The popular fascination of islands as sites of myth and exoticism actually gives them a particular attraction to creative types, which Richard Florida has dubbed a ‘high bohemian index’. Mervyn Peake, Antony Gormley, Victor Hugo and Auguste Renoir have all found creative inspiration in Guernsey’s unique landscape. Indeed, the island has been a creative hotbed since prehistoric times: in the first lecture of the conference, Professor Colin Renfrew declared that the Castel Church menhir-statue is one of the earliest examples of figurative sculpture in the British Isles. He also reminded islanders that some of the earliest architectural remains in Europe can be found at the Les Fouaillages site in the Vale. These are attractions for any discerning art tourist, but the conference revealed that Guernsey has the potential for countless new contemporary arts projects.

 

Antony Gormley at the Castle for the conference

Antony Gormley at the Castle for the conference

 

In today’s expanding art world, new fairs, projects and biennials open each year in seemingly unlikely places. Over the course of the event, speakers discussed inspiring projects that have achieved success in far-flung and unexpected locations. Maaretta Jaakuri’s Artscape Nordland placed contemporary sculptures across one of the most remote provinces of Norway. Speakers also discussed Estuaire, a French biennial project in the Loire valley where artworks were installed along the river from Nantes to St Nazaire.

Nick Ewbank’s presentation on the current cultural development of Folkestone was perhaps most pertinent to Guernsey’s situation. In this Kent town, described by Ewbank as a ‘metaphorical island’, a committee has taken several steps. They have launched a triennial, opened an academy specialising in arts and European culture, and subsidised the development of a creative quarter in the old town.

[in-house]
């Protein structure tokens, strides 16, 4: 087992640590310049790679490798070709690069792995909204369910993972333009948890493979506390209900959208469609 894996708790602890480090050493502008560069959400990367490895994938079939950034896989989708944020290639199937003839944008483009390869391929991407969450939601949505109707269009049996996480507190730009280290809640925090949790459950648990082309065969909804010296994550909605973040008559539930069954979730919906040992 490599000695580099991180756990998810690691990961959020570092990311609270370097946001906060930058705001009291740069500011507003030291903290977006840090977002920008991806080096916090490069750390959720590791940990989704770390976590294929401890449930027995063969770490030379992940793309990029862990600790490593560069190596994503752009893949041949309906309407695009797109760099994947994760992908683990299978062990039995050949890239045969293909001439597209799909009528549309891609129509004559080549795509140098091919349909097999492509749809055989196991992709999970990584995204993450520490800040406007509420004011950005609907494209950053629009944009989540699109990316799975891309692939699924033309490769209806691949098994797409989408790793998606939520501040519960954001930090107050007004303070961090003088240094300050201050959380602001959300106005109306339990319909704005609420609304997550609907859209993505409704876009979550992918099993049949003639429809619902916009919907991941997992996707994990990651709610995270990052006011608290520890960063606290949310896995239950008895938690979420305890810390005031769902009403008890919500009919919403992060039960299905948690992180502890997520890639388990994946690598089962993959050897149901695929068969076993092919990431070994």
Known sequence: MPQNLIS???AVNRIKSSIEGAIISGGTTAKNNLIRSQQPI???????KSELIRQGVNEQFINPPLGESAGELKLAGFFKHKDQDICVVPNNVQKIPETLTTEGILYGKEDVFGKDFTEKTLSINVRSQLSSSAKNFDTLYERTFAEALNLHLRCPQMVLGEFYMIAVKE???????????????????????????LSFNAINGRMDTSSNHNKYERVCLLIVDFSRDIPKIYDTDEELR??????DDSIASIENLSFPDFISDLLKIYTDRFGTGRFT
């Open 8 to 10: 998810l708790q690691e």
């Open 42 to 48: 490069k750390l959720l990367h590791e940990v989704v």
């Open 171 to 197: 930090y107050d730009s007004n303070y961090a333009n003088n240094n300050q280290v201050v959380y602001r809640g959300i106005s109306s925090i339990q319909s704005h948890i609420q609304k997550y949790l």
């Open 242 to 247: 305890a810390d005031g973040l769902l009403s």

Inspiring stuff, but it’s all much easier to sit back and imagine than to carry out. Funding seems to be one of the major preventative issues. A ‘percent for culture’ idea, where one percent of all financial transaction fees were given to cultural projects, was suggested. The Irish have solved the problem by offering tax incentives for writers and artists. Natalie Melton from Arts and Business focussed on the mutual benefits that can be reaped from businesses’ sponsorship of art initiatives, something that should surely be encouraged in Guernsey. Although they were invited, barely any representatives from Guernsey’s financial sector attended the conference, a sign that they might still require some convincing.

 

Dr Ihor Holubizky, a speaker from the conference, visits the Little Chapel

Dr Ihor Holubizky, a speaker from the conference, visits the Little Chapel

 

In today’s expanding cultural milieu, there is no reason why small islands like Guernsey cannot assert themselves in the domain of international contemporary art projects. There are challenges to overcome, not least the issue of facilitating communication between benefactors and stakeholders. But after spending two days immersed in optimistic discussions of culture and its place in island society, I’m feeling pretty excited about the future of art on our funny little outcrop of rock. 

This is only the tip of the archipelago – check out these websites for more on art and islands:

www.arts.ggwww.estuaire.infowww.folkestonetriennial.org.ukwww.skulpturlandskap.nowww.islandstudies.ca

Lady Muck

XEROX Issue 3